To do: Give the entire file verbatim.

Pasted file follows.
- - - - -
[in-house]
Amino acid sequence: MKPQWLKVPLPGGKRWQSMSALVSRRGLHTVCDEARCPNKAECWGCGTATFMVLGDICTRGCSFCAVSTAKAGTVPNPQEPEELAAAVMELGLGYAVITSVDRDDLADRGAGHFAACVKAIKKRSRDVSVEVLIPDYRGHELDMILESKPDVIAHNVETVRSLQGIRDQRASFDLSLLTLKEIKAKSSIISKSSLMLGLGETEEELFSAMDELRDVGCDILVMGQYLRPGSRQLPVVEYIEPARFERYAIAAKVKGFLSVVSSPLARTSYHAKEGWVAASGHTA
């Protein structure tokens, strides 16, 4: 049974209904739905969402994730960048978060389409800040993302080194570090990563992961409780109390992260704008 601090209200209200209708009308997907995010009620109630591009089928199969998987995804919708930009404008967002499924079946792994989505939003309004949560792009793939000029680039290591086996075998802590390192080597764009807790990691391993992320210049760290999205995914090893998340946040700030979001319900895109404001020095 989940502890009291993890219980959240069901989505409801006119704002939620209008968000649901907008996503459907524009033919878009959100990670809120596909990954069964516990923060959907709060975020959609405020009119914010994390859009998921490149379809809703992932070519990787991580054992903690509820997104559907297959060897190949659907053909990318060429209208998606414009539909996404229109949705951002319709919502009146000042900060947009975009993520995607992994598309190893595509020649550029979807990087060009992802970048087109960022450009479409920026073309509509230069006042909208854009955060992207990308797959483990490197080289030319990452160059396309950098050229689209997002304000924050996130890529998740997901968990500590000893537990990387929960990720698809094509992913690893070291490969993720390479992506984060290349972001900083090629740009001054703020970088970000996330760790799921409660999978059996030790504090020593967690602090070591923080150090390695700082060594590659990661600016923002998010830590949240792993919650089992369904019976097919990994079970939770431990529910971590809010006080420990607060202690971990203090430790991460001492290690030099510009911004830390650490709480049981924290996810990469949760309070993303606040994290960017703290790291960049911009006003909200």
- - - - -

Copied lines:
[in-house]
Amino acid sequence: MKPQWLKVPLPGGKRWQSMSALVSRRGLHTVCDEARCPNKAECWGCGTATFMVLGDICTRGCSFCAVSTAKAGTVPNPQEPEELAAAVMELGLGYAVITSVDRDDLADRGAGHFAACVKAIKKRSRDVSVEVLIPDYRGHELDMILESKPDVIAHNVETVRSLQGIRDQRASFDLSLLTLKEIKAKSSIISKSSLMLGLGETEEELFSAMDELRDVGCDILVMGQYLRPGSRQLPVVEYIEPARFERYAIAAKVKGFLSVVSSPLARTSYHAKEGWVAASGHTA
């Protein structure tokens, strides 16, 4: 049974209904739905969402994730960048978060389409800040993302080194570090990563992961409780109390992260704008 601090209200209200209708009308997907995010009620109630591009089928199969998987995804919708930009404008967002499924079946792994989505939003309004949560792009793939000029680039290591086996075998802590390192080597764009807790990691391993992320210049760290999205995914090893998340946040700030979001319900895109404001020095 989940502890009291993890219980959240069901989505409801006119704002939620209008968000649901907008996503459907524009033919878009959100990670809120596909990954069964516990923060959907709060975020959609405020009119914010994390859009998921490149379809809703992932070519990787991580054992903690509820997104559907297959060897190949659907053909990318060429209208998606414009539909996404229109949705951002319709919502009146000042900060947009975009993520995607992994598309190893595509020649550029979807990087060009992802970048087109960022450009479409920026073309509509230069006042909208854009955060992207990308797959483990490197080289030319990452160059396309950098050229689209997002304000924050996130890529998740997901968990500590000893537990990387929960990720698809094509992913690893070291490969993720390479992506984060290349972001900083090629740009001054703020970088970000996330760790799921409660999978059996030790504090020593967690602090070591923080150090390695700082060594590659990661600016923002998010830590949240792993919650089992369904019976097919990994079970939770431990529910971590809010006080420990607060202690971990203090430790991460001492290690030099510009911004830390650490709480049981924290996810990469949760309070993303606040994290960017703290790291960049911009006003909200």